Climate and temperature within data centres is effectively monitored and kept at required levels for proper and safe functioning of hardware and servers.

Electrical, mechanical, and critical systems and equipment are routinely maintained (for preventative measures) and monitored moreover effectively managed.

Storage devices that are no longer needed or no longer in use are disposed of according to specified outlined and accepted practices as to protect customer data from unauthorised disclosure.

Instances are isolated from other virtual machines running within the same server.

  1. Business continuity management (availability and incidence response)

The infrastructure lends itself to high availability and resiliency. The customer can make use of a multiple of independent availability zones (all powered independently from different grids and utilities) within a multiple of geographic locations. This too serves as both a great failover and load-balancing feature.

Strategically spreading data across multiple availability zones offers the capability to maintain resilience when confronted with various failure scenarios (natural disasters or system failures).

AWS provisions up to date, workable systems and procedures (all hours, throughout the week and year) for use in response to an incident and to assist in efficient incident resolution if required. These systems and procedures are reviewed routinely and are maintained.

  1. Network security (securing the architecture and access points, monitoring and complete defence)

AWS has a superior network that is meticulously monitored, both internal and external boundaries, and managed. The architecture enables comprehensive monitoring of communications and traffic and the network and transmission is protected (SSL protocol). It is designed with fault tolerance in mind, with minimal customer impact if failure were to occur.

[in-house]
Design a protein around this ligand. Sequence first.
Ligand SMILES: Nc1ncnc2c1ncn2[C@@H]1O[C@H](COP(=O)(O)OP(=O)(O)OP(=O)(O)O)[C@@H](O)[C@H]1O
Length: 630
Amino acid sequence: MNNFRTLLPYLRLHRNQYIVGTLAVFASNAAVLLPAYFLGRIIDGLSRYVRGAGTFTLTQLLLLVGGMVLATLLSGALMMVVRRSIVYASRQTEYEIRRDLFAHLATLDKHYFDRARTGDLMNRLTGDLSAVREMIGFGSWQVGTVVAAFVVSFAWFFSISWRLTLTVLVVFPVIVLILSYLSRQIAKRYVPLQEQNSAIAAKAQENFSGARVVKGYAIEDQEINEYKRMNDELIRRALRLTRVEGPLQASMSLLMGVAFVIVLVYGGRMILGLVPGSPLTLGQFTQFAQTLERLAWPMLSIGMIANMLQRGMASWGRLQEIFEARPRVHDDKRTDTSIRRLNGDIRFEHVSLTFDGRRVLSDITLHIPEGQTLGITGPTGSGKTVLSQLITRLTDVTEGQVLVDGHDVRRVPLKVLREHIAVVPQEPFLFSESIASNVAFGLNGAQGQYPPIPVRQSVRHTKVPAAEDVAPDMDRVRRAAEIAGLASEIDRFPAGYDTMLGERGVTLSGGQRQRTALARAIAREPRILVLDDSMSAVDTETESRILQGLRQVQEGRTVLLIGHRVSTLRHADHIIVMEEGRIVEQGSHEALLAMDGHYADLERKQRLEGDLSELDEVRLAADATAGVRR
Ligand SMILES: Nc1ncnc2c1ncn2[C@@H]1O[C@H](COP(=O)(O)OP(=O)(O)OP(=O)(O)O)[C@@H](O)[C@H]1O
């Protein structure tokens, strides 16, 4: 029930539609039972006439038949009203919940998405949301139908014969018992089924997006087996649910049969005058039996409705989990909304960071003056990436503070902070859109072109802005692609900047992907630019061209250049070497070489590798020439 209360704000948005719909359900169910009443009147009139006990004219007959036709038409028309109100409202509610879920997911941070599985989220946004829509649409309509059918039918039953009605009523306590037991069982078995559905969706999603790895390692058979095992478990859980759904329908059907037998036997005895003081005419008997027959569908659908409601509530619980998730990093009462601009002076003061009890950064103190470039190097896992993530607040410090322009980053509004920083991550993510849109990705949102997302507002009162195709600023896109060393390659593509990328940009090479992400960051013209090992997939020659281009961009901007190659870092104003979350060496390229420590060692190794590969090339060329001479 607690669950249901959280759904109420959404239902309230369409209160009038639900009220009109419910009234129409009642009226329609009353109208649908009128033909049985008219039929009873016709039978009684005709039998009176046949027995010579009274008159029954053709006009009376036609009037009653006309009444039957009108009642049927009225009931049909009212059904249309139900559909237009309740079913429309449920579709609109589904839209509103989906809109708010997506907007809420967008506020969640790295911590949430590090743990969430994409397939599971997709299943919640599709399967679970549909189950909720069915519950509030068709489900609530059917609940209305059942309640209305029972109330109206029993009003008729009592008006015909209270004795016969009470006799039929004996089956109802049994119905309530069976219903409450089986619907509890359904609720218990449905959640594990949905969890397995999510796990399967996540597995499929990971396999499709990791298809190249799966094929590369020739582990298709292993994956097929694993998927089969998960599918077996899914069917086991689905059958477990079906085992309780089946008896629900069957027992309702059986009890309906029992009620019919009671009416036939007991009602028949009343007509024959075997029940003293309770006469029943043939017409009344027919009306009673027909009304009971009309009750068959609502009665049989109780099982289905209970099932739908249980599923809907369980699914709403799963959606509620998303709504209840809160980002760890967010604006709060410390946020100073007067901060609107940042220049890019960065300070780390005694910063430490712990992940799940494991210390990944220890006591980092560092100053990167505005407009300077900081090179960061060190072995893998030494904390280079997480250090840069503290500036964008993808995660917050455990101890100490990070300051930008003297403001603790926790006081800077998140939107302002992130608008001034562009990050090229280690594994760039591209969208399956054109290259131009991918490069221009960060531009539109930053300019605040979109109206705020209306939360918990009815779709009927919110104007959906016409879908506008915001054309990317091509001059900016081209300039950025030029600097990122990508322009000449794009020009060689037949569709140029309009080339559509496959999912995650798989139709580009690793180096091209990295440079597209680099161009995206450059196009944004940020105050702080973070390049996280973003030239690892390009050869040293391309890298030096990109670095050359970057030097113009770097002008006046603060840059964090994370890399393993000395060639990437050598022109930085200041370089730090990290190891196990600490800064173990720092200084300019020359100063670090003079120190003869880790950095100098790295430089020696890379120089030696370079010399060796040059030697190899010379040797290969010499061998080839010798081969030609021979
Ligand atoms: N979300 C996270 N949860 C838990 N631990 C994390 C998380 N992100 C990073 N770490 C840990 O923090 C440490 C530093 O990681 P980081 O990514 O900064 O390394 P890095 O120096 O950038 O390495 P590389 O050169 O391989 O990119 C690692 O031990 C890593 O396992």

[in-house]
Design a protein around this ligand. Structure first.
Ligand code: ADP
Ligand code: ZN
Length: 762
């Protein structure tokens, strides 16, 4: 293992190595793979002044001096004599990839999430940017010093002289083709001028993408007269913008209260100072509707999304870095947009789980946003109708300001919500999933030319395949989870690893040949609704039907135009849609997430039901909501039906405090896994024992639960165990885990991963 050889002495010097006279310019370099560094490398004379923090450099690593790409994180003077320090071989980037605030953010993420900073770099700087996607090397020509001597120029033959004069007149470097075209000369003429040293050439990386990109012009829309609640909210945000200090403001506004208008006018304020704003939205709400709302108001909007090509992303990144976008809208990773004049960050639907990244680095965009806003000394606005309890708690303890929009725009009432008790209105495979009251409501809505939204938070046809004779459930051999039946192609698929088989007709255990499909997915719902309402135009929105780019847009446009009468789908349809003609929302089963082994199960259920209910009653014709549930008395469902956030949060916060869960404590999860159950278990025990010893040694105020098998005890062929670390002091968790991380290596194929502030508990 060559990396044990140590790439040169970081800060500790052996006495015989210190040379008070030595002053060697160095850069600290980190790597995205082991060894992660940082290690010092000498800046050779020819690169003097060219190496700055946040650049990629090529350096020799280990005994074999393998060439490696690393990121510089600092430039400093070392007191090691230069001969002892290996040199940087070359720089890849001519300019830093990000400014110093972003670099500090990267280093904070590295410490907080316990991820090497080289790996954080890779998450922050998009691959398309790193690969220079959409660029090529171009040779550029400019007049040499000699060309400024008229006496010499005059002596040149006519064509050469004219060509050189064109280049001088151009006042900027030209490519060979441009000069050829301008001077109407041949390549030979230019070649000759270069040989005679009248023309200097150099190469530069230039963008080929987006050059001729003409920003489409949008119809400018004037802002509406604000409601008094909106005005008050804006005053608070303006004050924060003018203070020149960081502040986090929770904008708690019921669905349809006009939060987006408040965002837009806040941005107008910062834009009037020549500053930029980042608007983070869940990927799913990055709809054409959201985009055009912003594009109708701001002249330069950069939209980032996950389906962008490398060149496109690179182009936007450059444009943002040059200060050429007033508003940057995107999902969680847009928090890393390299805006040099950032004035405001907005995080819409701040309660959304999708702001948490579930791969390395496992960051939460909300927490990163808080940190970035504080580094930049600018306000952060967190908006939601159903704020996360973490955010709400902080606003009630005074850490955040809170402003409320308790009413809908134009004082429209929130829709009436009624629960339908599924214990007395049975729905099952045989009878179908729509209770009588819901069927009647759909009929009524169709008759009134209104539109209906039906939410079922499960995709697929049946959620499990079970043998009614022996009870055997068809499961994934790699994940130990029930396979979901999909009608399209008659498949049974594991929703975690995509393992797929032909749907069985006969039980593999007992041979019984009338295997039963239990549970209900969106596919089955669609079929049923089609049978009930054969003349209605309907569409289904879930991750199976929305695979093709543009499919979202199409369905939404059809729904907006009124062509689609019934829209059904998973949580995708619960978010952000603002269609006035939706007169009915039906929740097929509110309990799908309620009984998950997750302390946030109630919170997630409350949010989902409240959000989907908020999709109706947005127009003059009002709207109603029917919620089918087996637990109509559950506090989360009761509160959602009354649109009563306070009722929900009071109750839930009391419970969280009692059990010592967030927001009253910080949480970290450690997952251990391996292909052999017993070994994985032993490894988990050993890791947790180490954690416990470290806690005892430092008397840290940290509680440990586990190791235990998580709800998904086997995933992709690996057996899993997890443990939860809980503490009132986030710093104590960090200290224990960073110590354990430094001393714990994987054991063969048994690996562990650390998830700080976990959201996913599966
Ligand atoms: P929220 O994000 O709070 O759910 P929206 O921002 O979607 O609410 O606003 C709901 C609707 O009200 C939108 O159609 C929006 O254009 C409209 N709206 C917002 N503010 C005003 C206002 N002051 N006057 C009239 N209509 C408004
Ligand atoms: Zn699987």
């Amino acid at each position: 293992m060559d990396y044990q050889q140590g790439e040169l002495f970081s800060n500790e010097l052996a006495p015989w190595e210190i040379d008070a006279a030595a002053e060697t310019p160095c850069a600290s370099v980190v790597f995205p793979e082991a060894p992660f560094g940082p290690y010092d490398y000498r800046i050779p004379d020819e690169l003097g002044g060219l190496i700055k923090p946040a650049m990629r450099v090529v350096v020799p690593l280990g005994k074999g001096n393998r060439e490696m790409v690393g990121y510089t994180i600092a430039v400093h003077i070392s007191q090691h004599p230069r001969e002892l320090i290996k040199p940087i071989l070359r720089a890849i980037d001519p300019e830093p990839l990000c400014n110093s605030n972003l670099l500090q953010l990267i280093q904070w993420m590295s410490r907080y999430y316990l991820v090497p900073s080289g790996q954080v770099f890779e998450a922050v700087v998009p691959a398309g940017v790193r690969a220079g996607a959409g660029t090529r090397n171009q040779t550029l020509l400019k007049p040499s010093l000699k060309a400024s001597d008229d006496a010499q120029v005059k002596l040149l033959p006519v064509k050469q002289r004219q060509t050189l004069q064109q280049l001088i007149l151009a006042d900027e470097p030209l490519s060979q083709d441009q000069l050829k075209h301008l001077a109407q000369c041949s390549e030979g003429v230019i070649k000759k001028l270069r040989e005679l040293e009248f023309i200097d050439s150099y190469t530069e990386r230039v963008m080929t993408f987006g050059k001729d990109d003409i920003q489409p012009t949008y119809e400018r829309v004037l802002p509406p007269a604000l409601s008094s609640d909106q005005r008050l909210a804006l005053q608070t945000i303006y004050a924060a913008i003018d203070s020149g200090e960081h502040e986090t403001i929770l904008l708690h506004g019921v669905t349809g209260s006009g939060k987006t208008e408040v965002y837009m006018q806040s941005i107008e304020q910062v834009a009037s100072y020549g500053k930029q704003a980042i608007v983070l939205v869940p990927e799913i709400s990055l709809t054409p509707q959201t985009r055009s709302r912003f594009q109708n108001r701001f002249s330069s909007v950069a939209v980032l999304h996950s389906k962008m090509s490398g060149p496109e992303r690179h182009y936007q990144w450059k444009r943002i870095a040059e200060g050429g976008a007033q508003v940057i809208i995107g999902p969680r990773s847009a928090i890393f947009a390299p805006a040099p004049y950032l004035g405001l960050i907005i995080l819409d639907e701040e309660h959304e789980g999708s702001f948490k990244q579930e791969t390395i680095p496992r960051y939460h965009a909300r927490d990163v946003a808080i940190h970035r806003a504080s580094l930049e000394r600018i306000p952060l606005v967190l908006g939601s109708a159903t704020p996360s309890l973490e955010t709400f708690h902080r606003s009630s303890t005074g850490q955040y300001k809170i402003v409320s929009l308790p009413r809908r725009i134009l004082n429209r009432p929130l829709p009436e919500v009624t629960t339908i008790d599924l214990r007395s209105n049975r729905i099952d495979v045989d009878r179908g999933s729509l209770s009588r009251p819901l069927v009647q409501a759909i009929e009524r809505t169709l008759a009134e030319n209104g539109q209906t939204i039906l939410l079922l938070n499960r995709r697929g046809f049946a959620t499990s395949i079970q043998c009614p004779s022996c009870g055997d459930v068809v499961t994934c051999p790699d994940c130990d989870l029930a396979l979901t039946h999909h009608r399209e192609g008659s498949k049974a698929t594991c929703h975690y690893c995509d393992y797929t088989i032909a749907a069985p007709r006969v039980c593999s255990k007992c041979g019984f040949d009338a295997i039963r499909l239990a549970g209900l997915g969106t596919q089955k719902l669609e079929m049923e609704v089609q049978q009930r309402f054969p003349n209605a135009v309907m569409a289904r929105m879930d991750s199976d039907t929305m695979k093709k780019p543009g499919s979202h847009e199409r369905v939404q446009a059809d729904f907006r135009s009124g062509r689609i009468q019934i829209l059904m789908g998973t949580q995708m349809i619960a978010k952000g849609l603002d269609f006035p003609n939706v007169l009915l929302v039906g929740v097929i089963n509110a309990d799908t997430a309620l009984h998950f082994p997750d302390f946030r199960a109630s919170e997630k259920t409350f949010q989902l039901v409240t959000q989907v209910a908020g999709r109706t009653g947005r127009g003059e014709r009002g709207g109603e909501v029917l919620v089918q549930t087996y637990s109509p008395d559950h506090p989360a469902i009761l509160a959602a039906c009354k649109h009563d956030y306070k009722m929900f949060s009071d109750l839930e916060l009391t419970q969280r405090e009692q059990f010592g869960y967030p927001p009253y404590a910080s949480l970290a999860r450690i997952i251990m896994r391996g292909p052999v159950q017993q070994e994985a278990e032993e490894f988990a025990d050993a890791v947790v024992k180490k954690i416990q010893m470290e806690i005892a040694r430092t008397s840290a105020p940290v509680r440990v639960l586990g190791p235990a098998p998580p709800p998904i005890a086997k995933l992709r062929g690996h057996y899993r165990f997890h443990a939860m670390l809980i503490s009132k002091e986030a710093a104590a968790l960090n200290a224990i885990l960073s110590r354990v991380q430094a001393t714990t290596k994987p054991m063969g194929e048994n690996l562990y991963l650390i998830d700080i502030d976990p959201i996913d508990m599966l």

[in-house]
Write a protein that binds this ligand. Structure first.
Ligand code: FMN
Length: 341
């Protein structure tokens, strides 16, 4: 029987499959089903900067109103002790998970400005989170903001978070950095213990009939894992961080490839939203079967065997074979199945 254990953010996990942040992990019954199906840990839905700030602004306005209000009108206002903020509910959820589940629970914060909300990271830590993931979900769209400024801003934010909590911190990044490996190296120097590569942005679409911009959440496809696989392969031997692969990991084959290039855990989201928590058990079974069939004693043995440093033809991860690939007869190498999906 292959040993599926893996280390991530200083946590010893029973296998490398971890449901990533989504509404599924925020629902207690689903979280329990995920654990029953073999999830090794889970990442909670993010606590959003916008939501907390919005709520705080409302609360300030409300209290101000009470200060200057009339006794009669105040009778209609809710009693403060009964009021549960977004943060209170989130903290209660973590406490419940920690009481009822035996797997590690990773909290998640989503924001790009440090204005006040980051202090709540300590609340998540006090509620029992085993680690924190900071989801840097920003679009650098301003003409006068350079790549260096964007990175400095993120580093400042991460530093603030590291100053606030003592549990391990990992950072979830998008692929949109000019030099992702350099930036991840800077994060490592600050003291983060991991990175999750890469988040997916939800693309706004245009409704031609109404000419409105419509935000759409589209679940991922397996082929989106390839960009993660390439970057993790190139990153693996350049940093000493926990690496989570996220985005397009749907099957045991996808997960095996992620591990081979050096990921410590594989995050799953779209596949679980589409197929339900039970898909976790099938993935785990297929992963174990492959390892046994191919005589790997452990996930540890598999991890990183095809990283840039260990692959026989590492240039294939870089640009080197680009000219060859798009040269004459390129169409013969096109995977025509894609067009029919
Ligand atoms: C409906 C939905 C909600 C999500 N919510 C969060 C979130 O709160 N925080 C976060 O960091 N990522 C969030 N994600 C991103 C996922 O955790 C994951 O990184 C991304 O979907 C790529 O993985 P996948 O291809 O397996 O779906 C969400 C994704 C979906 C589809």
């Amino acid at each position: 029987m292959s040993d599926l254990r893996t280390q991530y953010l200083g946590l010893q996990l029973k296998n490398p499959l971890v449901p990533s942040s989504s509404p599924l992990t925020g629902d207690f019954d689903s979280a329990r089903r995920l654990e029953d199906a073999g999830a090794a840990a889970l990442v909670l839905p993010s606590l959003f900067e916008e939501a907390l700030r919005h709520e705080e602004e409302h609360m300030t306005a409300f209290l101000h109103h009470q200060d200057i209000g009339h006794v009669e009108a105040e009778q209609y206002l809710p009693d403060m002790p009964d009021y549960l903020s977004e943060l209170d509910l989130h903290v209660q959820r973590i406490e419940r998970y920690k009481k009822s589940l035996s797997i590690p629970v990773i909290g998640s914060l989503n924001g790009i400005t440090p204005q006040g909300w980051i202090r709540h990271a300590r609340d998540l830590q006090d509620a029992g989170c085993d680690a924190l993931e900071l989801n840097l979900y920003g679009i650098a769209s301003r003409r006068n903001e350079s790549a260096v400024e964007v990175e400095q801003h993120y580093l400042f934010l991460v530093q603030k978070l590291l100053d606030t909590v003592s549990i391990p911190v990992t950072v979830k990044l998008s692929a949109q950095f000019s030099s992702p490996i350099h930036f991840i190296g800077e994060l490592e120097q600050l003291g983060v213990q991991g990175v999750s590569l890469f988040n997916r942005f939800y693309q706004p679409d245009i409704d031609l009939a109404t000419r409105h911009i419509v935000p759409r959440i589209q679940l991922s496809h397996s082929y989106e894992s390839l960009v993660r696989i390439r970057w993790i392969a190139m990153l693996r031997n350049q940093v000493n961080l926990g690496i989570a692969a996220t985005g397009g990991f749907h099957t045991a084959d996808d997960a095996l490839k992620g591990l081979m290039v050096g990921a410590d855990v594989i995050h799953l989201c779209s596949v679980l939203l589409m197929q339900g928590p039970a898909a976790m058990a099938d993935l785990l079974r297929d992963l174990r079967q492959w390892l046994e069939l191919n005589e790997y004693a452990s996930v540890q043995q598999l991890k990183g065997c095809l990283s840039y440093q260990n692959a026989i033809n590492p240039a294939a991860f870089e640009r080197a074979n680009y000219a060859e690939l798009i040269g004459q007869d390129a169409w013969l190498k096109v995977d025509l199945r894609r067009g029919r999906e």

AWS utilises automated monitoring measures to detect a multitude of unauthorised activities, Denial of Service attacks or unusual occurrences on the networks. All issues are documented for resolution purposes and personnel are available for quick resolve.

AWS also protects against traditional network security issues (Distributed Denial of Service attacks, Man in the Middle Attacks, IP spoofing, Port scanning and Packet sniffing by other customers)

The customer can implement further network security features or solutions and utilise encryption technology to further secure sensitive data. (This is advisable)

AWS also stay updated with possible vulnerabilities through routine scanning of the AWS environment, also proactively monitoring channels for new patches that come available.

  1. Control of access to infrastructure

AWS separates the corporate network from the production network, both with different and unique access and authentication requirements.

Stringent access and credential policies are enforced by AWS to control access to the infrastructure and foundation services and to the maintain security posture.

  1. Managed services

All security elements of products managed by AWS (managed services) also remain AWSs responsibility. These services delivered to the customer are done under the agreement that AWS will manage them as well. The customer has little responsibility when opting for this type of service, mainly configurations of resource access controls and securing of credentials.

With regards to services that fall within this category AWS is responsible for the following as well:

  • Instance maintenance
  • Secure the guest OS
  • Patching of the data base
  • Configuration of the firewall
  • Disaster recovery


The AWS infrastructure and environment is first class and a secure environment and solid foundation for the customer to build on.

Sharing responsibilities and working together, customer and trusted AWS partner, to secure an otherwise complex environment, does ease the strain and if approached correctly should reap great results, however it is important to remember that the final responsibility is with you, the AWS customer.

Look out for part two of this series where we will discuss the customer’s part in the AWS Shared responsibility model.

If you would like to read the next part in this article series please go to AWS, Security Based on a Shared Responsibility Model (Part 2).